Dear Professor Winston
I am looking to find out what your views are on chromosome screening as this has been an option provided to me at a recent private IVF consultation. My partner and I have been diagnosed as having unexplained infertility. I have had one round of IUI and one round of NHS funded IVF (as this was all that was available to me under my postal code area). The IVF treatment resulted in nine eggs which produced seven embryos of which three of these went to 5 day blastocyst. The fresh cycle failed and the other two were frozen, the first one failed after FET and the third did not survive the thawing process. Due to my present age which is 40 years old and no pregnancies arising from any treatment, is chromosone screening something that you would recommend to think about? This treatment has added another £2500 on top of the costs that we’ve already been given for private IVF treatment!! I would greatly appreciate your views on this.
Thank you, J.


Dear Julie,

All humans frequently produce chromosomally abnormal embryos and this seems to get more common as we age. Presumably the reason why they are suggesting chromosome screening is because the clinic is assuming that, because of your age, you may be producing more embryos with genetic defects which show up in the chromosomes. The technique involves taking one or two cells from a 3-day old embryo during development (biopsy) and staining for abnormalities in the chromosomes or taking a clump of cells (usually from the tissue which will become the placenta) from a blastocyst when rather more cells – perhaps a dozen or so can be extracted. The technique is referred to as preimplantation genetic screening and was first done (financed by the Genesis Research Trust to which I hope I can encourage donations) about 22 years ago in our unit at Imperial College in collaboration with Dr Delhanty at University College London.

Since that time, the identification of defects in chromosomes has been more and more refined and it is now possible, in a few clinics, to look at all the chromosomes and even major sequences of DNA in the cells. But the problems with the standard technique are rather understated by many clinics. Firstly, removing cells is possibly not ideal for the embryo (it is after all an injury) and its subsequent development which may be why pregnancy rates have sometimes tended to be lower than in unbiopsied embryos. Secondly, the cells removed may not representative of the cells left behind as human embryos are frequently ‘mosaic’ – that is to say that some cells may have normal chromosomes and other cells in the embryo may have abnormalities. So a normal biopsy does not necessarily the embryo is normal and an abnormal biopsy does not necessarily mean that the embryo is abnormal. So you can get a result which suggests the embryos are abnormal when they are not, and these embryos end up being discarded. At the present time, randomised trials do not show any advantage by undertaking preimplantation genetic screening – indeed, the reports suggest that this reduces the overall chance of pregnancy, in some cases by as much as 50% of the time. Most recently, new techniques for more accurate screening have been published and with the techniques a few clinics claim that there is a significant advantage. Until adequate trials are published I remain somewhat sceptical. In a heavily commercialised market I sometimes wonder whether there may be a conflict of interests when offering these tests.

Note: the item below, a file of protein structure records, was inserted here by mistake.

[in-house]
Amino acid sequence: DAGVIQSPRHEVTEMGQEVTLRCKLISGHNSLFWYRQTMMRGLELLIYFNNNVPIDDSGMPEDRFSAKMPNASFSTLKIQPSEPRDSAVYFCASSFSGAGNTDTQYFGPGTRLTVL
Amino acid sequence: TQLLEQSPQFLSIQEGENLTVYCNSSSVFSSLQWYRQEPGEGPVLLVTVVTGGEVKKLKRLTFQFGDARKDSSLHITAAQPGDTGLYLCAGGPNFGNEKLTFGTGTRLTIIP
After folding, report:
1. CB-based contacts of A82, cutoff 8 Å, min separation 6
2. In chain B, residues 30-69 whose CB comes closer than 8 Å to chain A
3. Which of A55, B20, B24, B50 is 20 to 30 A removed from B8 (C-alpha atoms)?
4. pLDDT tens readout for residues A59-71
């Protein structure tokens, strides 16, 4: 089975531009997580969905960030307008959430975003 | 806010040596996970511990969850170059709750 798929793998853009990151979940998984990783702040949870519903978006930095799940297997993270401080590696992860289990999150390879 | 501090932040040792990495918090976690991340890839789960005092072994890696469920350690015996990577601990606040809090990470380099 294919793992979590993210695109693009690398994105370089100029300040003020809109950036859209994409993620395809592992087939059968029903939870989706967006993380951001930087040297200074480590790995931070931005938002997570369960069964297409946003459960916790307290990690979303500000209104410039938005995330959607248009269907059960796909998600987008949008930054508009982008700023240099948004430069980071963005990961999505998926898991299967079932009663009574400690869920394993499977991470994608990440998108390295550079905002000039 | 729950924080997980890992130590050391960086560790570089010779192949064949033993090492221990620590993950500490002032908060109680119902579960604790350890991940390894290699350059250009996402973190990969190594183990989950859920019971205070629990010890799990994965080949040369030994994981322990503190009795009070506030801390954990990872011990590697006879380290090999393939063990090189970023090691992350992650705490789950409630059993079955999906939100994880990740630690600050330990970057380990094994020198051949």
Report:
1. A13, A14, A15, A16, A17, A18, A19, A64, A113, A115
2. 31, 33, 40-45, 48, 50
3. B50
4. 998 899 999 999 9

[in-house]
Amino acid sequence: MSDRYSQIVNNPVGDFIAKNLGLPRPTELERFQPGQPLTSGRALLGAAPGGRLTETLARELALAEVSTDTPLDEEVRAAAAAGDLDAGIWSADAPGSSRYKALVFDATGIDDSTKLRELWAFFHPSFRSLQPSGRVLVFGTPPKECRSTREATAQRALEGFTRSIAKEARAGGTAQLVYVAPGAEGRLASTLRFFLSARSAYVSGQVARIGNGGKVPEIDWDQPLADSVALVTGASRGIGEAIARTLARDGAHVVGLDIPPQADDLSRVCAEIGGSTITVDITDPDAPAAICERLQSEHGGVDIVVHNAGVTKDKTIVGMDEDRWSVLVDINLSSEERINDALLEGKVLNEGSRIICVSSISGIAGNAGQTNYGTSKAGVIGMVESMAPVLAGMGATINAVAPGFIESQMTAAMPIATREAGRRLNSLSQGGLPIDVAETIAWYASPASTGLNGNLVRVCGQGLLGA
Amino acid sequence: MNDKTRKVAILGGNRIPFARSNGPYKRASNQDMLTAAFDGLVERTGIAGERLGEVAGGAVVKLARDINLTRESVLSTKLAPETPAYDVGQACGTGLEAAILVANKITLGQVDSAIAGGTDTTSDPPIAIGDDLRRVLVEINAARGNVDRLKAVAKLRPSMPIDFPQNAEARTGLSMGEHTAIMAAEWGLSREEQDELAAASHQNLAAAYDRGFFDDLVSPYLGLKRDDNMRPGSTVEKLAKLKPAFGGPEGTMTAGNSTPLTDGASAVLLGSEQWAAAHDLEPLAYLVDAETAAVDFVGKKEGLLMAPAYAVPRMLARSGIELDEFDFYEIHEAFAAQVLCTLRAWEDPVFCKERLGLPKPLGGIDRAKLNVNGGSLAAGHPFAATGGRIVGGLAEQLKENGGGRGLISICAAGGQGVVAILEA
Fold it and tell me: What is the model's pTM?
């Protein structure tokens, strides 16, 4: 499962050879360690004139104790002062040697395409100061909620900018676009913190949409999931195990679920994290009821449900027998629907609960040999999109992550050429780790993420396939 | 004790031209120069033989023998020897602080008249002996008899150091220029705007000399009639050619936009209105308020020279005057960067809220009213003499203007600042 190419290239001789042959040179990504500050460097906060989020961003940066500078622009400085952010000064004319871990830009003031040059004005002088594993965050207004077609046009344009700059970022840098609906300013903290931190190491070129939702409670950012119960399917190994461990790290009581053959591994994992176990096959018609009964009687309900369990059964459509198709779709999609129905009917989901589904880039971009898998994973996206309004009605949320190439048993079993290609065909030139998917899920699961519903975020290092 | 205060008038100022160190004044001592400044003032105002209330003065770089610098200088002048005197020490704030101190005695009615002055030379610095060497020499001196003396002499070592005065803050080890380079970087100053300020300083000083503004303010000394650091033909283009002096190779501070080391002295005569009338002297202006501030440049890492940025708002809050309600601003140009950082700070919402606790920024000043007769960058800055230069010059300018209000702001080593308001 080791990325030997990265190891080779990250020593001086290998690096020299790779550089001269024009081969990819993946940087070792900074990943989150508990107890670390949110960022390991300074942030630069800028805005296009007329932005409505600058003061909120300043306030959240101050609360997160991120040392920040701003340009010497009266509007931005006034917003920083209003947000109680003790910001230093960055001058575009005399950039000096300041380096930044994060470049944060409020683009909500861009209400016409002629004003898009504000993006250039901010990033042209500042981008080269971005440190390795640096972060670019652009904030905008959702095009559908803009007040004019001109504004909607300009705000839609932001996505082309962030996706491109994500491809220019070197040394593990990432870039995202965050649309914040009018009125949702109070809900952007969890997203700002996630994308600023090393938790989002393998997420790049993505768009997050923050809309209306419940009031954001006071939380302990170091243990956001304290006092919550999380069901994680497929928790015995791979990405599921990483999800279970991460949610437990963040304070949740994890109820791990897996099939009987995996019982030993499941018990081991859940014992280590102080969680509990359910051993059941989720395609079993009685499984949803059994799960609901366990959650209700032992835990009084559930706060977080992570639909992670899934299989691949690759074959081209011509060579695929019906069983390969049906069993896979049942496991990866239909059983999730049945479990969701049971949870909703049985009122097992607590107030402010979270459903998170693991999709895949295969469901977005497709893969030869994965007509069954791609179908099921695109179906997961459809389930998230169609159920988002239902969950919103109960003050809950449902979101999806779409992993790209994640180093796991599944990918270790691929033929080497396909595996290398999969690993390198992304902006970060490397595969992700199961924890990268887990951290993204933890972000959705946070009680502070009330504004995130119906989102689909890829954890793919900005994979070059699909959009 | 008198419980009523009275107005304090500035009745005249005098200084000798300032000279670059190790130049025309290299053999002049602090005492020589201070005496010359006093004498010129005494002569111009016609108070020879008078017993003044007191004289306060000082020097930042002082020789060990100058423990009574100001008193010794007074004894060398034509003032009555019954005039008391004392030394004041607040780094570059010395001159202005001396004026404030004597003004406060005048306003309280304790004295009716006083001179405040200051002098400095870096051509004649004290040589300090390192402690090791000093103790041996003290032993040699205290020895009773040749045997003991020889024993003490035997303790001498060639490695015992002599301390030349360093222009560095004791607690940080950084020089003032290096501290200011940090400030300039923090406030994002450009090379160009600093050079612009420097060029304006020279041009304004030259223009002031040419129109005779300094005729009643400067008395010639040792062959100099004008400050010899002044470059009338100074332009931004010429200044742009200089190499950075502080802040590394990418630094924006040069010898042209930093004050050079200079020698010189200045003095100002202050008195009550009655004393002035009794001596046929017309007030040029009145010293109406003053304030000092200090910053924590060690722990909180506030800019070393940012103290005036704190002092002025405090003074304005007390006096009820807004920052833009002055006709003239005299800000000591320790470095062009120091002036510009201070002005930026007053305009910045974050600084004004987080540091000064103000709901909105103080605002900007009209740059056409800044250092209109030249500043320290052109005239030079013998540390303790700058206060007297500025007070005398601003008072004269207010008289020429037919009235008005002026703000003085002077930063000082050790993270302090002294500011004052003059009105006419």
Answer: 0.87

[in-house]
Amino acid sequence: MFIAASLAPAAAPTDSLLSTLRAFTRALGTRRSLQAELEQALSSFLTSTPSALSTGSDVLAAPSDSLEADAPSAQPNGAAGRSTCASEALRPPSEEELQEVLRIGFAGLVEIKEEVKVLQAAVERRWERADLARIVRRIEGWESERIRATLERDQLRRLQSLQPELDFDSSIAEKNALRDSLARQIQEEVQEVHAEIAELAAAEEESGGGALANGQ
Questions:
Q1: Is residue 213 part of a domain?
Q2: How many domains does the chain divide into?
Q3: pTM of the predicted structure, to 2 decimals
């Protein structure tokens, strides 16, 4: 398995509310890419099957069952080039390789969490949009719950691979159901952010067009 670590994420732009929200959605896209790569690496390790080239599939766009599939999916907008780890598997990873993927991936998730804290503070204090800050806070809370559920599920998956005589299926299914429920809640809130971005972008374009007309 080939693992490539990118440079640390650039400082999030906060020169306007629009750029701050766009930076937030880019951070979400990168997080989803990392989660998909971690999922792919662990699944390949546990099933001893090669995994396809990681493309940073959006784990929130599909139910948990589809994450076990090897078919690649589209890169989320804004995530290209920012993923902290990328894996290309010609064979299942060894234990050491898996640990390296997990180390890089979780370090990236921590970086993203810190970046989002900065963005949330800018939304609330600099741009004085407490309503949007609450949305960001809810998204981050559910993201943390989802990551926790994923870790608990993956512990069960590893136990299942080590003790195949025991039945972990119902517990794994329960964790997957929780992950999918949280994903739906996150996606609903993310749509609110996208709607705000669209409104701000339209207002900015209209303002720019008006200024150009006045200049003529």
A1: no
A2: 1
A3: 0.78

I think that if I were you, I would want to ask what success rate the clinic you are attending is obtaining, and most important, what method of chromosome screening they are using and how many chromosomes in each cell are being examined. If they are using what are called ‘next generation sequencing’ techniques there may just be some merit in spending the money – but even then I urge caution because I have not seen enough really convincing evidence that this truly improves your chance of having a healthy baby if you and your husband both have normal chromosomes and are free of diagnosed genetic defects yourselves. Incidentally, one of the problems is that the drugs given to induce ovulation during an IVF cycle undoubtedly increase the number of chromosomal defects seen in embryos – Genesis Research Trust published that information around thirty years ago. This is one reason why I sometimes feel that that older women have more chance of successful pregnancy by just having natural sex than by going through IVF. Unfortunately, natural cycle IVF – without drugs – has not been at all successful except in a very few women in your age group.

I hope this is helpful,
My best wishes
Robert Winston

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